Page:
How To: Complete Your New Year Resolution

So you’ve put in motion your goals for 2019, but now the pace of the year is starting to pick up and you’re starting to juggle way too many things. So do we put those goals on the back burner like we do every year and hope to come back to them later, or do we quietly forget that we ever made those commitments? Spoiler Alert: The answer is neither.

But there’s got to be some trick of the trade that can help all of us stay on par with our resolutions, right?

Get this: one of the best ways to keep up with your resolution is to write everything down. The most successful people in the world always write down their visions. So many studies have concluded that people remember things, and are more likely to complete task better once it’s written down in their own writing.

According to Forbes.com, ” Neuropsychologists have identified the “generation effect” which basically says individuals demonstrate better memory for material they’ve generated themselves than for material they’ve merely read. It’s a nice edge to have and, when you write down your goal, you get to access the “generation effect” twice: first, when you generate the goal (create a picture in your mind), and second, when you write it down because you’re essentially reprocessing or regenerating that image. You have to rethink your mental picture, put it on the paper, place objects, scale them, think about their spatial relations, draw facial expressions, etc. There’s a lot of cognitive processing taking place right there. In essence, you get a double whammy that really sears the goal into your brain.”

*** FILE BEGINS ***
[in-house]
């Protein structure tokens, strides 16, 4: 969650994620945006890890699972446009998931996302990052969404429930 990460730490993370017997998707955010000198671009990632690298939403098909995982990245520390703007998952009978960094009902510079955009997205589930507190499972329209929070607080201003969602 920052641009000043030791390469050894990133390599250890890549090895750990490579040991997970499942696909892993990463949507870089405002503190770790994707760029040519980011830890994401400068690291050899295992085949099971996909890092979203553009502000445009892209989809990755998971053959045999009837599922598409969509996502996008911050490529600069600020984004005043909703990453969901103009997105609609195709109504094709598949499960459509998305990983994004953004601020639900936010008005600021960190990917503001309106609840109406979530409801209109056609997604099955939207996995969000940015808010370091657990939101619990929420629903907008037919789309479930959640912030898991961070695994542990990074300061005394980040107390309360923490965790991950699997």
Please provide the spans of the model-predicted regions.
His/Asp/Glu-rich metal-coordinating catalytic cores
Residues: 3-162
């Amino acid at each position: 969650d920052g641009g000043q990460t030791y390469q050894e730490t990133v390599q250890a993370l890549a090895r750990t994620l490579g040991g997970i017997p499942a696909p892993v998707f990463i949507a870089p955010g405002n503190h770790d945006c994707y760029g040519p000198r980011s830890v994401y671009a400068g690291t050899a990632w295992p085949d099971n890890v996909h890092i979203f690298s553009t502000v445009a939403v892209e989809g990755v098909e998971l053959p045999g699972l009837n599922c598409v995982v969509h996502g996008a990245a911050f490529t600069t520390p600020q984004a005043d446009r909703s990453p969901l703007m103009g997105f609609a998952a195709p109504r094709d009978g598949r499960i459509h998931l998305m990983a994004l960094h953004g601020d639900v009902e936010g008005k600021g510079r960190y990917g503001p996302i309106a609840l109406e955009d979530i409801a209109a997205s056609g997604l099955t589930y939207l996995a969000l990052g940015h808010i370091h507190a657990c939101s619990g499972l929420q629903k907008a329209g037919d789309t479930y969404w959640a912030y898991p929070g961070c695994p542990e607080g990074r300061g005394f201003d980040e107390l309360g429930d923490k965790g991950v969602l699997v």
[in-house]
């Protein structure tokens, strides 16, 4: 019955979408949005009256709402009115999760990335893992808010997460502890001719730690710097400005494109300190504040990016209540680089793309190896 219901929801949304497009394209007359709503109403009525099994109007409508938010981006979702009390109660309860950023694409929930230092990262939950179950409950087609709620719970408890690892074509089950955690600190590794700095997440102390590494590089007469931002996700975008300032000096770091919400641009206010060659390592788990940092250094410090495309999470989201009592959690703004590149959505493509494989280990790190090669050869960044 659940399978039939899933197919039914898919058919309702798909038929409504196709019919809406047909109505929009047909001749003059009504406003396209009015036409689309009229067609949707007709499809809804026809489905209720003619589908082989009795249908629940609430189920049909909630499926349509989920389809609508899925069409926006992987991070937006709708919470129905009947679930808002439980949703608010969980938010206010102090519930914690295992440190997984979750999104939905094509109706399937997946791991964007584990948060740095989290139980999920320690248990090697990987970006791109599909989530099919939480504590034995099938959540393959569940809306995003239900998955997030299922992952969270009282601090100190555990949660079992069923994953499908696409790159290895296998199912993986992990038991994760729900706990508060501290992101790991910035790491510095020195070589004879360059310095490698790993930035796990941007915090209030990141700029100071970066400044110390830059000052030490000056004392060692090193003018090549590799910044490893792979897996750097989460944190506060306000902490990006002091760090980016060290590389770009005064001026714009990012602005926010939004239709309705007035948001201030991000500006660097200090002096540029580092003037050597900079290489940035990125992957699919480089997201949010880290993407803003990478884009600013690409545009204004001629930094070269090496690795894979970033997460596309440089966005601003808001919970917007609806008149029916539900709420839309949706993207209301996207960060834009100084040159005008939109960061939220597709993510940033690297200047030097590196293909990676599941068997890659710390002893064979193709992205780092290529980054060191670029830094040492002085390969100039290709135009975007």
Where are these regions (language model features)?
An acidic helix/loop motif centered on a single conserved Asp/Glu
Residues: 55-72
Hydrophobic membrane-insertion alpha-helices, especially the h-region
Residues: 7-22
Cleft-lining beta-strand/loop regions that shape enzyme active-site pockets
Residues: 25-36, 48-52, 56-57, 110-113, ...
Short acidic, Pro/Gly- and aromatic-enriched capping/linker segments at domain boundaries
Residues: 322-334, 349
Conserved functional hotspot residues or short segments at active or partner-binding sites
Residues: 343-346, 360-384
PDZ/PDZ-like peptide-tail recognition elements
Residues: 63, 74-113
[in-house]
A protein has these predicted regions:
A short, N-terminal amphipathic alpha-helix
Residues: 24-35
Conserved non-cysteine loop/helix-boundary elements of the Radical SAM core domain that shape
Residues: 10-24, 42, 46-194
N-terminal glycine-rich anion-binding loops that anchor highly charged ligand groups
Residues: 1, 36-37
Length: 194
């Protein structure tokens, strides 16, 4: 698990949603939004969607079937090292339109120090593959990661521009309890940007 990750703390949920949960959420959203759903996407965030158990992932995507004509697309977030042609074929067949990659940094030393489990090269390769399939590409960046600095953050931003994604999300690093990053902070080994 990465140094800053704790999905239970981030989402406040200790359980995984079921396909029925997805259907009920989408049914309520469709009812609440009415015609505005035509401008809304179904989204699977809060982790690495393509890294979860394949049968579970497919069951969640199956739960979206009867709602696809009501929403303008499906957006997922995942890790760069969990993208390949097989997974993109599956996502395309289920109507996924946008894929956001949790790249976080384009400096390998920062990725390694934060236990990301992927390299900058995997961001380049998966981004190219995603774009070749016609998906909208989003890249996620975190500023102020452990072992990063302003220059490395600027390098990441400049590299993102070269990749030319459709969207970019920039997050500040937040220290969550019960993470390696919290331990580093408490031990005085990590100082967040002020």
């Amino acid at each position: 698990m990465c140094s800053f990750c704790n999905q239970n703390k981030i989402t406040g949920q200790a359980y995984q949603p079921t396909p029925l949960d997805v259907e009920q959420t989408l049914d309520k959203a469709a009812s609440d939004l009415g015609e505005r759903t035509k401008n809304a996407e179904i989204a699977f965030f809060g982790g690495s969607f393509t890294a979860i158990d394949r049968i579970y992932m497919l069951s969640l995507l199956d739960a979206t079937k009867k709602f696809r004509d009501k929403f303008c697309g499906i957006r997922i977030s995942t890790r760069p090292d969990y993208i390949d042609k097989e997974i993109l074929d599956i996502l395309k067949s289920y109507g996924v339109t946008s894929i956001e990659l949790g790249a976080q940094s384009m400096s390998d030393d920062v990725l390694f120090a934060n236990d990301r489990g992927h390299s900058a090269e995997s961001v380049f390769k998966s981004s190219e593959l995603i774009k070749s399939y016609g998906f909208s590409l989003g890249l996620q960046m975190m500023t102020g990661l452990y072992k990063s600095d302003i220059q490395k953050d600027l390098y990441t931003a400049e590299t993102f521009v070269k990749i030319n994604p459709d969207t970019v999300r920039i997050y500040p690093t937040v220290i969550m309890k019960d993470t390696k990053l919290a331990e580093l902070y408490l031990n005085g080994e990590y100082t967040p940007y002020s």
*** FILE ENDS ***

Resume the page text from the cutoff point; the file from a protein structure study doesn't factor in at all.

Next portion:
The best way I keep track is bullet journaling. Bullet journaling is writing down your task (usually top three) daily, and giving them a code–usually a symbol of some sort.

The human mind loves to group things together, and it actually finds categorized or grouped things easier to remember (Hence, why phone numbers are grouped together the way they are). You are also more likely to accomplish more things when things are broken up into smaller chunks rather than having one big massive list.

So how is this done? Choose any code or symbol, and assign it a name. For me, I use the exclamation point (!) when I want to indicate that something is a priority above all the other task. You can make the symbols as personal as you would like.

The next step is to pick three task to complete for that day, and assign each task a symbol. Piece of cake, right? If you create a list bigger than three task, split up those task over the span of your week.

Complete this every day for 21 more days, and before you know it, you’ve formed a habit and your resolution will have become apart of your lifestyle.

And for me, personally, I’ll cheers to that any day. (:

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